Page:First Love.pdf/3

From Wikisource
Jump to navigation Jump to search
This page has been proofread, but needs to be validated.
Constancy in the Nineteenth Century.

had said that their ward ought to see a little of the world, and they were both of them men of their word.

Accordingly, it was settled that Edward should go to London for the next three months, and see how he liked studying the law. He certainly did not like the prospect at all; and his only consolation was, that he should not leave his adored Emily exposed to the dissipations of Allerton. She had agreed to go and stay with an aunt, some forty miles distant, where there was not even a young curate in the neighbourhood. The town of Allerton was touched to the heart by the whole proceeding; no one spoke of them but as that romantic and that devoted young couple. I own that I have known greater misfortunes in life than that a young gentleman and lady of twenty should have to wait a twelve-month before they were married; but every person considers their own the worst that ever happened, and Edward and Emily were miserable to their hearts’ content. They exchanged locks of hair; and Emily gave him a portfolio, embroidered by herself, to hold the letters that she was to write. He saw her off first, under the care of an old servant, to the village where she was to stay. She waved her white handkerchief from the window as long as she could see her lover, and a little longer, and then sank back in a flood of "falling pearl, which men call tears."

Edward was as wretched, and he was also exceedingly uncomfortable, which helps wretchedness on very much. It was a thorough wet day—all his things were packed up—for he himself was to start in the afternoon when the mail passed through—and never was young gentleman more utterly at a loss what to do with himself. In such a case an affair of the heart is a great resource; and young Rainsforth got upon the coach-box looking quite unhappy enough to satisfy the people of Allerton. It must be owned that he and the weather equally brightened up in the course of a couple of stages. To be sure, a cigar has a gift of placidity peculiarly its own. If I were a woman I should insist upon my lover’s smoking: if not of much consequence before, it will be an invaluable qualification after, the happiest day of one’s life.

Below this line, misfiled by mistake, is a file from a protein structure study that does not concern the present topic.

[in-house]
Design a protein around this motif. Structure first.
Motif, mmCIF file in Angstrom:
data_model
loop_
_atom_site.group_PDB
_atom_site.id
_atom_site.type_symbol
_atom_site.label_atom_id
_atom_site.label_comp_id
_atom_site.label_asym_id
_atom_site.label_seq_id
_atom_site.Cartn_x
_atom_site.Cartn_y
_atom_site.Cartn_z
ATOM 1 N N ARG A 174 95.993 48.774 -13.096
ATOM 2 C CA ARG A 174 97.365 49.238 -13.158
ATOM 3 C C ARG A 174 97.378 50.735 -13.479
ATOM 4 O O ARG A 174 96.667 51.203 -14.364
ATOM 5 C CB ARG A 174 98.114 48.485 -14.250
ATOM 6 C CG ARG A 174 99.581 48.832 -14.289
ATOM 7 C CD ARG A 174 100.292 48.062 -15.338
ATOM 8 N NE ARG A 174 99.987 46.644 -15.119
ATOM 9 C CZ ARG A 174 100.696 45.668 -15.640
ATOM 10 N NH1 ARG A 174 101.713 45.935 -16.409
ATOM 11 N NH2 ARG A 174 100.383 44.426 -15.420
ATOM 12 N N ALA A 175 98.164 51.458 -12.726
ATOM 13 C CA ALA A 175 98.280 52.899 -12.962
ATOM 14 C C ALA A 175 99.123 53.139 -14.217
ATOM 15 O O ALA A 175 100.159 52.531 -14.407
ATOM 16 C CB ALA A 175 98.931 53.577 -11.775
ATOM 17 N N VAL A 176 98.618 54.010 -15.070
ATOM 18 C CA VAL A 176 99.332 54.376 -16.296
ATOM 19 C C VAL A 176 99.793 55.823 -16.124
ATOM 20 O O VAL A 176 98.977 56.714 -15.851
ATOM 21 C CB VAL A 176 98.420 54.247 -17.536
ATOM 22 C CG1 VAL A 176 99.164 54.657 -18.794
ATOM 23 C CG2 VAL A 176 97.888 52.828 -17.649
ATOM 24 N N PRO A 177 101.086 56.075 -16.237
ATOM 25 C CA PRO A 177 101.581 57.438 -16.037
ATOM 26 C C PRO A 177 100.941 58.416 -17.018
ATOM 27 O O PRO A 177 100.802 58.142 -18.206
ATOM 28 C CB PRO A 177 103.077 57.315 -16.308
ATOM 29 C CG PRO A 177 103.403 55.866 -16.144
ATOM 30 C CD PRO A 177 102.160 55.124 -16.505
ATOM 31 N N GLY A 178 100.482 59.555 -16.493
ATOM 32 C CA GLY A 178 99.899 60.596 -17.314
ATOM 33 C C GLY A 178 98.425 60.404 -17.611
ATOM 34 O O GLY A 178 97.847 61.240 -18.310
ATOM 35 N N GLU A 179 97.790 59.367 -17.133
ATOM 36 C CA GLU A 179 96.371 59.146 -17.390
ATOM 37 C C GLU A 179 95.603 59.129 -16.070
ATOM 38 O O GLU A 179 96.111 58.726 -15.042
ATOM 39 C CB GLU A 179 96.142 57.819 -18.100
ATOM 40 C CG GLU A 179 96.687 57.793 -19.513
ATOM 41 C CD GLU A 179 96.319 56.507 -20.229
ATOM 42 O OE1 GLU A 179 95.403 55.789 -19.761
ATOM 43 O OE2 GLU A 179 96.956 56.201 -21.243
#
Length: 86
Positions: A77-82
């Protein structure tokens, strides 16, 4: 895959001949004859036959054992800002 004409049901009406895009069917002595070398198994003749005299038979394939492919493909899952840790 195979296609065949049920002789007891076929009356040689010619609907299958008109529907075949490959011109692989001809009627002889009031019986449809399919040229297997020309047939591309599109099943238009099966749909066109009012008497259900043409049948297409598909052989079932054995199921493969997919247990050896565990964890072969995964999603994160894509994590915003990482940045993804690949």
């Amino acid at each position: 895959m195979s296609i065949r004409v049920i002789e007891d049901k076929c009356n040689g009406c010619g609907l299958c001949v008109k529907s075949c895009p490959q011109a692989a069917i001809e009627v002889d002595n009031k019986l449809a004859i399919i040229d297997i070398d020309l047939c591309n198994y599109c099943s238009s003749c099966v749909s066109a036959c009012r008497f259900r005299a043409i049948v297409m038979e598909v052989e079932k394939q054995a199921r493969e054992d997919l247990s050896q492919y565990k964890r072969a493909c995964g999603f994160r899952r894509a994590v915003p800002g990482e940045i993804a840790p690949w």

In these days roads have no adventurers—they might exclaim, with the knife-grinder, "Story! Lord bless you, I have none to tell!"—we will therefore take our hero after he was four days in London. He is happy in a lover’s good conscience, for that very morning he had written a long letter to his beloved Emily—the first three days having been "like a teetotum all in a twirl," he had been forced to neglect that duty so sweet and so indispensable to an absent lover. He had, however, found time to become quite domesticated in Mr. Alford’s family. Mr. Alford was of the first eminence in his profession, and had two or three other young men under his charge; but it was soon evident that Edward was a first-rate favourite with the mother and two daughters at all events. They were fine-looking girls, and who understood how to look their best. They were well dressed, and it is wonderful how much the hair "done to a turn," ribands which make a complexion, and an exquisite chaussure, set off a young woman. Laura taught him to waltz, and Julia began to sing duets with him. Now, these are dangerous employments for a youth of one-and-twenty. The heart turns round, as well as the head sometimes, in a sauteuse, and then it is difficult to ask these tender questions appropriated to duets, such as "Tell me, my heart, why wildly beating?" "Canst thou teach me to forget?" &c., without some emotion.